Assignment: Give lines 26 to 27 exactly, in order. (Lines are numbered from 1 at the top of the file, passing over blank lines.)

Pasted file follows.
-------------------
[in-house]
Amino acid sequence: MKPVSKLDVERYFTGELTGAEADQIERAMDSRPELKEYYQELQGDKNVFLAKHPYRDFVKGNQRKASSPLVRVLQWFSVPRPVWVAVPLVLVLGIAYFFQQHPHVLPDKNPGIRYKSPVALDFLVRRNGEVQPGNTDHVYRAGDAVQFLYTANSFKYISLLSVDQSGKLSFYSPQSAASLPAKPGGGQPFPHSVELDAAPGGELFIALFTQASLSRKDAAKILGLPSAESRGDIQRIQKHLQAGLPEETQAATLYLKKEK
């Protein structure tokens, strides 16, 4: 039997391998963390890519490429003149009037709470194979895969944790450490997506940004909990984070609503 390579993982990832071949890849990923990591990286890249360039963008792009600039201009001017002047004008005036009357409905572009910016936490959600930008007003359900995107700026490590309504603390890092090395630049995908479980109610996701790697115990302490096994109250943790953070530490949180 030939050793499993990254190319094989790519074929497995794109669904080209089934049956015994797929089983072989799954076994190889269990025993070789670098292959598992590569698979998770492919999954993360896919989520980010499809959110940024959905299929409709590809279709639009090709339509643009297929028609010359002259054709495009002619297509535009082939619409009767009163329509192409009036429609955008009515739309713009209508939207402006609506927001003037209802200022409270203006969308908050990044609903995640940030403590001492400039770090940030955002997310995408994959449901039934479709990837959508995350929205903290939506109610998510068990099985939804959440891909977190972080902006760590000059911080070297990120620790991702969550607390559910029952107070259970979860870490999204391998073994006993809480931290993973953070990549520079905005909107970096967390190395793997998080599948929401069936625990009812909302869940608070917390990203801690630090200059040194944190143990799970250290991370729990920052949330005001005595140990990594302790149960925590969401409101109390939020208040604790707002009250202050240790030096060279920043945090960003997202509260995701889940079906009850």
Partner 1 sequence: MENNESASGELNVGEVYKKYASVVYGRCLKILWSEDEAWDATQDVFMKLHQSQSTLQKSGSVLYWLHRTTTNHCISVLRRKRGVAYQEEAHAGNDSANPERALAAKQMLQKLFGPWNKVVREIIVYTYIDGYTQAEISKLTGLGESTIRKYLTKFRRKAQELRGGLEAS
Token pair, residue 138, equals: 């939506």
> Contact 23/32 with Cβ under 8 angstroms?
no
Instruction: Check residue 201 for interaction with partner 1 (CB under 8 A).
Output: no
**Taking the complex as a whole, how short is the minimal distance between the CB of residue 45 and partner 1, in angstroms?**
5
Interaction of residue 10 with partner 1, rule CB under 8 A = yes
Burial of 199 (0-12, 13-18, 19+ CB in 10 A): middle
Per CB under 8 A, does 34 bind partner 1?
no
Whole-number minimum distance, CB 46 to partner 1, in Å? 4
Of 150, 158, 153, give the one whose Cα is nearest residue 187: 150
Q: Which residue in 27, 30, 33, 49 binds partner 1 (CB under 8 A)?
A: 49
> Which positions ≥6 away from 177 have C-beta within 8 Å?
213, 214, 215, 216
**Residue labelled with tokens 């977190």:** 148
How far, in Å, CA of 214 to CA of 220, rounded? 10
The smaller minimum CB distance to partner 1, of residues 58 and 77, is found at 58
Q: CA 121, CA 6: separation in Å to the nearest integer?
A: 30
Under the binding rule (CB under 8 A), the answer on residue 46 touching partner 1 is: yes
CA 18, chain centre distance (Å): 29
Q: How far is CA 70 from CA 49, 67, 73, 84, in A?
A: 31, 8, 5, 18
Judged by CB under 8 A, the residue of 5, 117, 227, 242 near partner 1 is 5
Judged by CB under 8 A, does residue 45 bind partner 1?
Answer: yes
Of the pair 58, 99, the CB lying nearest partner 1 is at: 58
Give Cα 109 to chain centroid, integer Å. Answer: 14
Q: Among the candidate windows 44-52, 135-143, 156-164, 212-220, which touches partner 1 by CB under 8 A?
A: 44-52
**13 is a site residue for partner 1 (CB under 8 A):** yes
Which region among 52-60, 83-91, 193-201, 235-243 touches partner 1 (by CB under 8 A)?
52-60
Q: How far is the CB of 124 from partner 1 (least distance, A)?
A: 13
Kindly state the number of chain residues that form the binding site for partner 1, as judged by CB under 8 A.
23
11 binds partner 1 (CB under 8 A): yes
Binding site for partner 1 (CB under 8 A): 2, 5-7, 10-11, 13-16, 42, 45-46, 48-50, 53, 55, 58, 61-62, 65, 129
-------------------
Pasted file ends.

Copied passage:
A: 30
Under the binding rule (CB under 8 A), the answer on residue 46 touching partner 1 is: yes